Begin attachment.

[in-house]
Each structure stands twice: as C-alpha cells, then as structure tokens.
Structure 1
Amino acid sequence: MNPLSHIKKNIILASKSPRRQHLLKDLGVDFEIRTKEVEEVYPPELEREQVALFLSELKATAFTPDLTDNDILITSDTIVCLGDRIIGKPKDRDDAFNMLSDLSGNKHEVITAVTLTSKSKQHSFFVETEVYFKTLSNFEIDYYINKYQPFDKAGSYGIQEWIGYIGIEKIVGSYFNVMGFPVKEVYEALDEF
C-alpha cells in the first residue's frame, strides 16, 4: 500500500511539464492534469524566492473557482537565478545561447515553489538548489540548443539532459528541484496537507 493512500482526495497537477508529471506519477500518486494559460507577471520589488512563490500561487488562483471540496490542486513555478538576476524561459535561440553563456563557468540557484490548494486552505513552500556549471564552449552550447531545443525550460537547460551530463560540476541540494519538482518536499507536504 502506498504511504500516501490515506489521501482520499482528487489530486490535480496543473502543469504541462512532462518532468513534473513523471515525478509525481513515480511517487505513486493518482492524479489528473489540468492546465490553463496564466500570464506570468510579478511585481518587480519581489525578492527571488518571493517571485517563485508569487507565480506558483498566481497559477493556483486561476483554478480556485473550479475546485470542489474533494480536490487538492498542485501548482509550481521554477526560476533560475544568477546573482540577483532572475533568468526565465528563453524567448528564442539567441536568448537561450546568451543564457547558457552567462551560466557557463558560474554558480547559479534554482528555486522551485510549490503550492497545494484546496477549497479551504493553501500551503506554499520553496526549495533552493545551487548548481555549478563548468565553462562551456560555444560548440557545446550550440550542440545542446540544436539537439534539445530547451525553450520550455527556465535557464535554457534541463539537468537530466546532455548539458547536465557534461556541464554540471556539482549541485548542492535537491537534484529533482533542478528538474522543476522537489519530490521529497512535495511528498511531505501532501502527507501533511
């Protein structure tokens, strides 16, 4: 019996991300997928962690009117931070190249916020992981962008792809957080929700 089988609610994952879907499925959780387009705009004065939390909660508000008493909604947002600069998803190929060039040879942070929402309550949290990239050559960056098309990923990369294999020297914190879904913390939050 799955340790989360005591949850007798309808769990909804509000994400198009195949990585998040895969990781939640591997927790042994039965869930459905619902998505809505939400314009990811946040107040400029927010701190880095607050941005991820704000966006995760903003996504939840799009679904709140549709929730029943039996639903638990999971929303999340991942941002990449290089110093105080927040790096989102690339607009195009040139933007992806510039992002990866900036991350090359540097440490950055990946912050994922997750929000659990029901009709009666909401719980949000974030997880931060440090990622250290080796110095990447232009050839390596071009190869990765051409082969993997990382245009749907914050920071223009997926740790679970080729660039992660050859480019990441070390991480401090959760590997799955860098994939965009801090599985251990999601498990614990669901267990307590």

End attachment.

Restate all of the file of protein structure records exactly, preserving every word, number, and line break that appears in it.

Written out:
[in-house]
Each structure stands twice: as C-alpha cells, then as structure tokens.
Structure 1
Amino acid sequence: MNPLSHIKKNIILASKSPRRQHLLKDLGVDFEIRTKEVEEVYPPELEREQVALFLSELKATAFTPDLTDNDILITSDTIVCLGDRIIGKPKDRDDAFNMLSDLSGNKHEVITAVTLTSKSKQHSFFVETEVYFKTLSNFEIDYYINKYQPFDKAGSYGIQEWIGYIGIEKIVGSYFNVMGFPVKEVYEALDEF
C-alpha cells in the first residue's frame, strides 16, 4: 500500500511539464492534469524566492473557482537565478545561447515553489538548489540548443539532459528541484496537507 493512500482526495497537477508529471506519477500518486494559460507577471520589488512563490500561487488562483471540496490542486513555478538576476524561459535561440553563456563557468540557484490548494486552505513552500556549471564552449552550447531545443525550460537547460551530463560540476541540494519538482518536499507536504 502506498504511504500516501490515506489521501482520499482528487489530486490535480496543473502543469504541462512532462518532468513534473513523471515525478509525481513515480511517487505513486493518482492524479489528473489540468492546465490553463496564466500570464506570468510579478511585481518587480519581489525578492527571488518571493517571485517563485508569487507565480506558483498566481497559477493556483486561476483554478480556485473550479475546485470542489474533494480536490487538492498542485501548482509550481521554477526560476533560475544568477546573482540577483532572475533568468526565465528563453524567448528564442539567441536568448537561450546568451543564457547558457552567462551560466557557463558560474554558480547559479534554482528555486522551485510549490503550492497545494484546496477549497479551504493553501500551503506554499520553496526549495533552493545551487548548481555549478563548468565553462562551456560555444560548440557545446550550440550542440545542446540544436539537439534539445530547451525553450520550455527556465535557464535554457534541463539537468537530466546532455548539458547536465557534461556541464554540471556539482549541485548542492535537491537534484529533482533542478528538474522543476522537489519530490521529497512535495511528498511531505501532501502527507501533511
């Protein structure tokens, strides 16, 4: 019996991300997928962690009117931070190249916020992981962008792809957080929700 089988609610994952879907499925959780387009705009004065939390909660508000008493909604947002600069998803190929060039040879942070929402309550949290990239050559960056098309990923990369294999020297914190879904913390939050 799955340790989360005591949850007798309808769990909804509000994400198009195949990585998040895969990781939640591997927790042994039965869930459905619902998505809505939400314009990811946040107040400029927010701190880095607050941005991820704000966006995760903003996504939840799009679904709140549709929730029943039996639903638990999971929303999340991942941002990449290089110093105080927040790096989102690339607009195009040139933007992806510039992002990866900036991350090359540097440490950055990946912050994922997750929000659990029901009709009666909401719980949000974030997880931060440090990622250290080796110095990447232009050839390596071009190869990765051409082969993997990382245009749907914050920071223009997926740790679970080729660039992660050859480019990441070390991480401090959760590997799955860098994939965009801090599985251990999601498990614990669901267990307590």